T.C. Raghavan, J.
1. The Special First Class Magistrate (for Labour Laws) acquitted the respondent in these cases, who was prosecuted by the appellant, the Provident Fund Inspector, under Paras. 76 (a), 76 (c) and 76 (e) of the Employees' Provident Fund Scheme read with Section 14 and 14A of the Employees' Provident Funds Act. The two grounds of acquittal were that the appellant did not obtain sanction from the Sub-Court at Dindigul, which appointed the respondent as receiver in Original Suit No. 19 of 1963 on its file, and that the respondent was not an 'employer' coming within Section 2(e)(ii) of the Employees' Provident Funds Act.
2. The counsel of the appellant has argued the second point first. The counsel has pointed out that the reasoning of the Magistrate on this question is palpably wrong. The definition in Section 2(e)(ii) states that in relation to an establishment like the one before me ' the person who or the authority which has the ultimate control over the affairs of the establishment . . . ' is the 'employer.' The order of the Sub-Court appointing the respondent as receiver is before me: and that shows that the respondent was the plaintiff in the suit and that he was appointed receiver for the properties mentioned in the petition with all powers under the provisions of Order XL of the Code of Civil Procedure. The restrictions imposed are that the receiver should take leave of the Court to grant leases for terms exceeding three years, to institute suits and appeals and to expend on the repairs of any property more than half its net annual rental. The receiver has also to take permission from the Court for withdrawing moneys from the Canara Bank, where ho has to deposit all collections excepting Rs. 5,000 which he could keep with him for current expenses. Again, he has to take permission of Court for appointing additional staff. Barring these restriction, all the provisions in the order show that the receiver has full powers of control over the affairs of the estate. The defendant in the suit, the other partner, and all persons claiming under him are directed to deliver possession of properties, movable and immovable, with account-books, etc., to the respondent. Thus, all the properties of the partnership came into the possession of the respondent as receiver with all powers under Order XL of the Code of Civil Procedure with the only restrictions specified in the order as pointed out hereinbefore. This can only mean that the respondent has 'ultimate control over the affairs' of the estate. It may also be noted that one of the restrictions is that the respondent should obtain permission from Court to appoint additional staff, which means that he has control of the existing staff and has even power to appoint additional staff with the permission of the Court. The Magistrate says:
Therefore, on any stretch of imagination I cannot come to the conclusion that the receiver (accused) is entitled to function as an employer of the establishment having ultimate control over the affairs of the same. By a careful perusal of the said appointment order any sane person can only come to the conclusion that the receiver is appointed only for a very limited purpose as far as the properties are concerned.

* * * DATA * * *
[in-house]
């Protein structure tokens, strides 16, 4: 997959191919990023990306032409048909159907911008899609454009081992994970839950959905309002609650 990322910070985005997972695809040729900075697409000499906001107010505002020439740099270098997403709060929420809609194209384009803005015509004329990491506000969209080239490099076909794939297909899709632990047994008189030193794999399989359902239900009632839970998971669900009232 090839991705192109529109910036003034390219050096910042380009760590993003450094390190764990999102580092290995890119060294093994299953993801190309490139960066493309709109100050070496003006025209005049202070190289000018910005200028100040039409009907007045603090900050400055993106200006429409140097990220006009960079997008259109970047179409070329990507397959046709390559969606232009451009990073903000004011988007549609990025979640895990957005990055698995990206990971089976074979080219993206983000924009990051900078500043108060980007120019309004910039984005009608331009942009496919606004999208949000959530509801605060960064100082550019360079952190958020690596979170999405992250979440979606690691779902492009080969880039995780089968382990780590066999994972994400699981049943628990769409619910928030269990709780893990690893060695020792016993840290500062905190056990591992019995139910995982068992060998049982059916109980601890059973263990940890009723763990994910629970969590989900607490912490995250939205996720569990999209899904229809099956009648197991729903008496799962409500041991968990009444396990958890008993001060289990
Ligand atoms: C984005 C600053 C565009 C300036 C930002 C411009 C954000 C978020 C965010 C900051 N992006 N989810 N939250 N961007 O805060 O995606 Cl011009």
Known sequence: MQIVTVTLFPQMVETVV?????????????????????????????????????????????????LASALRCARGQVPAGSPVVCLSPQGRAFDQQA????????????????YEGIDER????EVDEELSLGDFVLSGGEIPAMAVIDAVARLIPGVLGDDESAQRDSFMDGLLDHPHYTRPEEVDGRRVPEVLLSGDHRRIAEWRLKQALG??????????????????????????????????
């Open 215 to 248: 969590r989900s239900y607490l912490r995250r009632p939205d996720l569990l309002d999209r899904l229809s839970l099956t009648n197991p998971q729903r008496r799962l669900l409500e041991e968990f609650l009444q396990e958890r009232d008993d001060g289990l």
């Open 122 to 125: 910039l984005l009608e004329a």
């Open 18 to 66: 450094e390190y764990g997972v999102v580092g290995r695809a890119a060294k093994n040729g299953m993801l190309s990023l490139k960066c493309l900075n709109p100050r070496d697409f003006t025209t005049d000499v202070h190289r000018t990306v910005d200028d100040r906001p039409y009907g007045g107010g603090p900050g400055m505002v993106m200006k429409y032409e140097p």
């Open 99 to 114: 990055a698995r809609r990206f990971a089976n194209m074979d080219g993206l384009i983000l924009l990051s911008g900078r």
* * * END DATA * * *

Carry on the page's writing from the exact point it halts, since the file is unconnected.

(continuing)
(By the way, the Magistrate would do well to use more temperate or more sober language.) I asked the counsel of the respondent where the ultimate control of the affairs of the estate vested if not in the respondent, and the counsel answered that the control remained in the partnership. There is nothing in the receiver order to justify that in spite of the appointment of receiver and handing over of all properties to him, the ultimate control of the affairs of the estate still vested with the partnership.
3. The Magistrate has relied on this decision of this Court in Provident Fund Inspector, Ernakulam v. Mani (P.S.) (formerly lessee, Sree Krishna Talkies) 1967-II L.L.J. 647, where this Court has held in a case of a lease of a cinema house to a tenant that the lessor was the employer and not the lessee since the persons employed in the theatre remained in the control of the lessor even after the lease, the lessor exercising powers of dismissal, discharge, etc., of these persons. This case is obviously different from the one before me. There is nothing in the case before me to show that the control over the labourers in the estate still continued with the partnership. All the powers that were in the partnership at the times of the receiver order passed to the receiver with the only restrictions painted out by me hereinbefore. And what the order indicates is that the respondent has the ultimate control over the affairs of the estate. Therefore, the Magistrate in error on the second question, and the respondent is an 'employer ' as contemplated by Section 2(e)(ii) of the Provident Funds Act.
4. At this stage, the counsel of the appellant submits that I need not decide the first question and the counsel is not pressing that. The first question, as I have already stated, is whether sanction was required before the respondent was prosecuted. The counsel says that on the basis of my decision on the second question the appellant will take other appropriate proceedings for collecting the contributions and administrative charges involved in these cases from the respondent-proceedings otherwise than prosecution. He may do that.
5. Since the decision of the Magistrate on the first question remains, the acquittals have perforce to be confirmed, in spite of my decision on the second question. The acquittals are confirmed and the appeals are dismissed.